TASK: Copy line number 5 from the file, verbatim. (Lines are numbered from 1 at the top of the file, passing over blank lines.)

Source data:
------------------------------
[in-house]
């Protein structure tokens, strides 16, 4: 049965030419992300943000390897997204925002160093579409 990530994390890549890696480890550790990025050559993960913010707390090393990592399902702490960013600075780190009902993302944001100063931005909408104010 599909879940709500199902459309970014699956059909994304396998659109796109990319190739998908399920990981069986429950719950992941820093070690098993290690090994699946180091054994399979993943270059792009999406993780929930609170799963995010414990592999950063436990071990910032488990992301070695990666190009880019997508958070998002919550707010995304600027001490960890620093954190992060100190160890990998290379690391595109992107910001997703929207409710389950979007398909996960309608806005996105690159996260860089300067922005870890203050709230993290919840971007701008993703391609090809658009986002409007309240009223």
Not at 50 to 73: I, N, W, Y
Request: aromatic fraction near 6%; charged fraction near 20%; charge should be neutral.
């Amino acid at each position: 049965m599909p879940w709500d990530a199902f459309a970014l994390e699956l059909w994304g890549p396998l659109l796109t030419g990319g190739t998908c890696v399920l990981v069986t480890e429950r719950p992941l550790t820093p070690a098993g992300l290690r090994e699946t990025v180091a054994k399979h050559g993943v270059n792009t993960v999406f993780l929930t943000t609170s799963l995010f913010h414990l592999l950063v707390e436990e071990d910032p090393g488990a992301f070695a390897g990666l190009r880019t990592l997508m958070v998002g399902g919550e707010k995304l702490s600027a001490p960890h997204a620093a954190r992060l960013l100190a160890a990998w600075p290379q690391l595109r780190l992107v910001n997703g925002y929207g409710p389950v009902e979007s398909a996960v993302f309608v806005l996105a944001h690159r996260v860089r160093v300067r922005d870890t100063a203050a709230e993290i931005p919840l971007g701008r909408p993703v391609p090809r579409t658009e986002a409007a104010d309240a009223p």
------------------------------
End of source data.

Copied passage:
């Amino acid at each position: 049965m599909p879940w709500d990530a199902f459309a970014l994390e699956l059909w994304g890549p396998l659109l796109t030419g990319g190739t998908c890696v399920l990981v069986t480890e429950r719950p992941l550790t820093p070690a098993g992300l290690r090994e699946t990025v180091a054994k399979h050559g993943v270059n792009t993960v999406f993780l929930t943000t609170s799963l995010f913010h414990l592999l950063v707390e436990e071990d910032p090393g488990a992301f070695a390897g990666l190009r880019t990592l997508m958070v998002g399902g919550e707010k995304l702490s600027a001490p960890h997204a620093a954190r992060l960013l100190a160890a990998w600075p290379q690391l595109r780190l992107v910001n997703g925002y929207g409710p389950v009902e979007s398909a996960v993302f309608v806005l996105a944001h690159r996260v860089r160093v300067r922005d870890t100063a203050a709230e993290i931005p919840l971007g701008r909408p993703v391609p090809r579409t658009e986002a409007a104010d309240a009223p």